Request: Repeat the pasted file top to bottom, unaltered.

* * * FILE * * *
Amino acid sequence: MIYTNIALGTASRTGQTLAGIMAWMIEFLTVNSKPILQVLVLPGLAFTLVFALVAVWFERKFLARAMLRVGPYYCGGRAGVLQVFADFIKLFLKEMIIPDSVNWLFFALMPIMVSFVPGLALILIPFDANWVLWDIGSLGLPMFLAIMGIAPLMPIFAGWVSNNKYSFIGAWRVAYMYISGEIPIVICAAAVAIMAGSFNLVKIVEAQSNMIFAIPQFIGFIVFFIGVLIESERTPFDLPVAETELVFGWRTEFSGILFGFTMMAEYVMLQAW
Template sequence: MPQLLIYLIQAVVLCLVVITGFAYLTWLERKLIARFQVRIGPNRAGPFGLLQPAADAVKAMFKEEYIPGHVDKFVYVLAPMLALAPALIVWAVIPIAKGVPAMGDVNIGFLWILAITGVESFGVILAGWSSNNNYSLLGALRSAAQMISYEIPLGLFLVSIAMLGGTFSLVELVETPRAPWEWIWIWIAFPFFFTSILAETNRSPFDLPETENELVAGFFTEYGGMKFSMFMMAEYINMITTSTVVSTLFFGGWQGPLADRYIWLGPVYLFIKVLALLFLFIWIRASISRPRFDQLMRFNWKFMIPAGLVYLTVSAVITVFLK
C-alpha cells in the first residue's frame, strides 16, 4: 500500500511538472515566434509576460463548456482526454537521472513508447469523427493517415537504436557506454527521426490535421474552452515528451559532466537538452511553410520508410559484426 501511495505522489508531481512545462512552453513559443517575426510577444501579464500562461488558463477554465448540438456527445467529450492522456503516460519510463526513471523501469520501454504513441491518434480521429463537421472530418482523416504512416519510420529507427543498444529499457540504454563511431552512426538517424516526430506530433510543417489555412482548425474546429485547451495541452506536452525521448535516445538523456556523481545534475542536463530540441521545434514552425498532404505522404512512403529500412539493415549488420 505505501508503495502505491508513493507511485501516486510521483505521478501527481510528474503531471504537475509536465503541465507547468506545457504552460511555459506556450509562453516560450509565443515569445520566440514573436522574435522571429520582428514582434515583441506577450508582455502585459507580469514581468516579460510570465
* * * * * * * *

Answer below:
Amino acid sequence: MIYTNIALGTASRTGQTLAGIMAWMIEFLTVNSKPILQVLVLPGLAFTLVFALVAVWFERKFLARAMLRVGPYYCGGRAGVLQVFADFIKLFLKEMIIPDSVNWLFFALMPIMVSFVPGLALILIPFDANWVLWDIGSLGLPMFLAIMGIAPLMPIFAGWVSNNKYSFIGAWRVAYMYISGEIPIVICAAAVAIMAGSFNLVKIVEAQSNMIFAIPQFIGFIVFFIGVLIESERTPFDLPVAETELVFGWRTEFSGILFGFTMMAEYVMLQAW
Template sequence: MPQLLIYLIQAVVLCLVVITGFAYLTWLERKLIARFQVRIGPNRAGPFGLLQPAADAVKAMFKEEYIPGHVDKFVYVLAPMLALAPALIVWAVIPIAKGVPAMGDVNIGFLWILAITGVESFGVILAGWSSNNNYSLLGALRSAAQMISYEIPLGLFLVSIAMLGGTFSLVELVETPRAPWEWIWIWIAFPFFFTSILAETNRSPFDLPETENELVAGFFTEYGGMKFSMFMMAEYINMITTSTVVSTLFFGGWQGPLADRYIWLGPVYLFIKVLALLFLFIWIRASISRPRFDQLMRFNWKFMIPAGLVYLTVSAVITVFLK
C-alpha cells in the first residue's frame, strides 16, 4: 500500500511538472515566434509576460463548456482526454537521472513508447469523427493517415537504436557506454527521426490535421474552452515528451559532466537538452511553410520508410559484426 501511495505522489508531481512545462512552453513559443517575426510577444501579464500562461488558463477554465448540438456527445467529450492522456503516460519510463526513471523501469520501454504513441491518434480521429463537421472530418482523416504512416519510420529507427543498444529499457540504454563511431552512426538517424516526430506530433510543417489555412482548425474546429485547451495541452506536452525521448535516445538523456556523481545534475542536463530540441521545434514552425498532404505522404512512403529500412539493415549488420 505505501508503495502505491508513493507511485501516486510521483505521478501527481510528474503531471504537475509536465503541465507547468506545457504552460511555459506556450509562453516560450509565443515569445520566440514573436522574435522571429520582428514582434515583441506577450508582455502585459507580469514581468516579460510570465